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There is a lot more to life than just cycling – Q&A with Adrien Costa

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Adrien Costa

Adrien Costa is one of the most exciting young prospects in the sport. The 19-year-old achieved last year what many promising young riders would gladly take from a neo-pro season.

The Axeon Hagens Berman rider won the queen stage and the overall at the Tour de Bretagne, was third overall in Rhone-Alpes Isere Tour, and won the time trial stage at Tour de Savoie Mont Blanc, but the most notable achievement of Costa’s season came at the Tour of Utah, where he was second overall.

Despite a successful 2016 season, Adrien Costa remains with his feet on the ground, as he knows he’s just started the road leading towards a pro career in the years to come.

Cycling Today: Tell us about your first season at Axeon Hagens Berman and the opportunity to ride as a stagiaire with Etixx-Quick Step.

Adrien Costa: It was incredible. I don’t even know where to begin. I learned so much, both on and off the bike. On the bike, the distances of the races, the difficulty of the races was so different than it was from the juniors. In the U23 races, you have to do a lot more thinking. And off the bike, you have to manage the recovery and the travel. In the junior category, you have a lot fewer races and the races are much shorter. So it was really different in the U23 category.

Being a stagiaire with Etixx-Quick Step was pretty incredible. For two or three weeks, I was eating meals with guys like Dan Martin and Tony Martin – all the big riders you see on TV. So it was nice to get to know those guys. Even though it got cut a bit short (due to a crash), I was able to take a lot away from that.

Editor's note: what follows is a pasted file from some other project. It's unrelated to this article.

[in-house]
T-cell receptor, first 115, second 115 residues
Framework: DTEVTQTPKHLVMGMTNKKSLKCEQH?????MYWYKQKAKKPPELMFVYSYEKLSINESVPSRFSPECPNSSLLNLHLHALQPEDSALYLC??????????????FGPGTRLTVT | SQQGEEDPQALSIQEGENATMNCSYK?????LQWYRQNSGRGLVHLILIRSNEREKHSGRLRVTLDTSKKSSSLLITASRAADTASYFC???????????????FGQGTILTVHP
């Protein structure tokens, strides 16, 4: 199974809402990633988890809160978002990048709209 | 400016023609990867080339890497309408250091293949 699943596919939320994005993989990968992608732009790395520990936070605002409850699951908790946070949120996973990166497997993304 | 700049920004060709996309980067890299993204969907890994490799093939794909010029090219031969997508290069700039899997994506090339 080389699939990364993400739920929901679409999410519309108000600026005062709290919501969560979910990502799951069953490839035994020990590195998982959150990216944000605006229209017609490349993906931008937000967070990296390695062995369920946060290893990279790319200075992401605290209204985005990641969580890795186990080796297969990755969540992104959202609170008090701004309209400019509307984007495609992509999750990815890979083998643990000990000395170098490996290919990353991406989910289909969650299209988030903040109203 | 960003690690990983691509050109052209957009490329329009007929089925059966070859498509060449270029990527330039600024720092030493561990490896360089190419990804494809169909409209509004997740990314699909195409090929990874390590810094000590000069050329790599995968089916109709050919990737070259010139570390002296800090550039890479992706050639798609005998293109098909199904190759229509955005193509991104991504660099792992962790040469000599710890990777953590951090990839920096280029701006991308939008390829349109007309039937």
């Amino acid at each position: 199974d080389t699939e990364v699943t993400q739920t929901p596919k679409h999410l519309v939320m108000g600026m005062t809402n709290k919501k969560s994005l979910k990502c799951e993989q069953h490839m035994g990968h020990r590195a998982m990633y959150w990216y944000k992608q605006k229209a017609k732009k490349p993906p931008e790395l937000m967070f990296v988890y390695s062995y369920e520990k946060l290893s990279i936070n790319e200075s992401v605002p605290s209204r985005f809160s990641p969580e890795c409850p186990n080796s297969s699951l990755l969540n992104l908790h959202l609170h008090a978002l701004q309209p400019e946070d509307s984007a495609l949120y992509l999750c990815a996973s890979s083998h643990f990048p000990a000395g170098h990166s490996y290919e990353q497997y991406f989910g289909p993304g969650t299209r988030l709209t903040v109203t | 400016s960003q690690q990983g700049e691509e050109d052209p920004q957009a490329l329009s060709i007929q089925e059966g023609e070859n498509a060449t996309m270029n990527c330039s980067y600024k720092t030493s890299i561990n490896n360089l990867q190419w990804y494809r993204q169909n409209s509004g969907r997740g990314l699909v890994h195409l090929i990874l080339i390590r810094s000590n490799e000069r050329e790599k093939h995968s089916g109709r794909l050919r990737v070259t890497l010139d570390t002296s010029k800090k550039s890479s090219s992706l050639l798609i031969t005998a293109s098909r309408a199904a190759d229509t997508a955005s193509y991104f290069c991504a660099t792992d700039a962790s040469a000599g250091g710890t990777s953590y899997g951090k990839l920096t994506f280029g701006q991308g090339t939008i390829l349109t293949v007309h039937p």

Why did you choose to stay with Axeon Hagens Berman in 2017?

It was an easy decision to come back to the team this year because I still have so much to learn. I really hesitated to do the stagiaire role last fall as a first year U23 because I didn’t want to give myself that so soon. I didn’t feel like I had earned it yet – the best soigneurs and all the new kit and everything that goes with being in a WorldTour program. There was no doubt another year was warranted in the U23 ranks.

Your second place at the Tour of Utah, where you raced against the big boys, was the highlight of 2016 season for you?

It was one of the highlights, yes, but I had a long year, with lots of ups and downs. The stage I won in the Tour de Bretagne was pretty surreal. I didn’t feel my legs at all that day. It was unfolding like a dream. I felt I could do no wrong that day. All the decisions I made, I had one of my best days on the bike. That was definitely a defining moment. But you look back on the lows and you have to be fond of those, too, because of all the lessons you learn. After Bretagne, I had already done a lot of racing to that point. I probably got a little bit ahead of myself. I raced the next week and attacked with 80 kilometers to go and blew myself up. So I learned that you can’t spread yourself too thin.

You were also seventh in the U23 Ronde van Vlaanderen so that leads us to the question: what type of rider are you right now?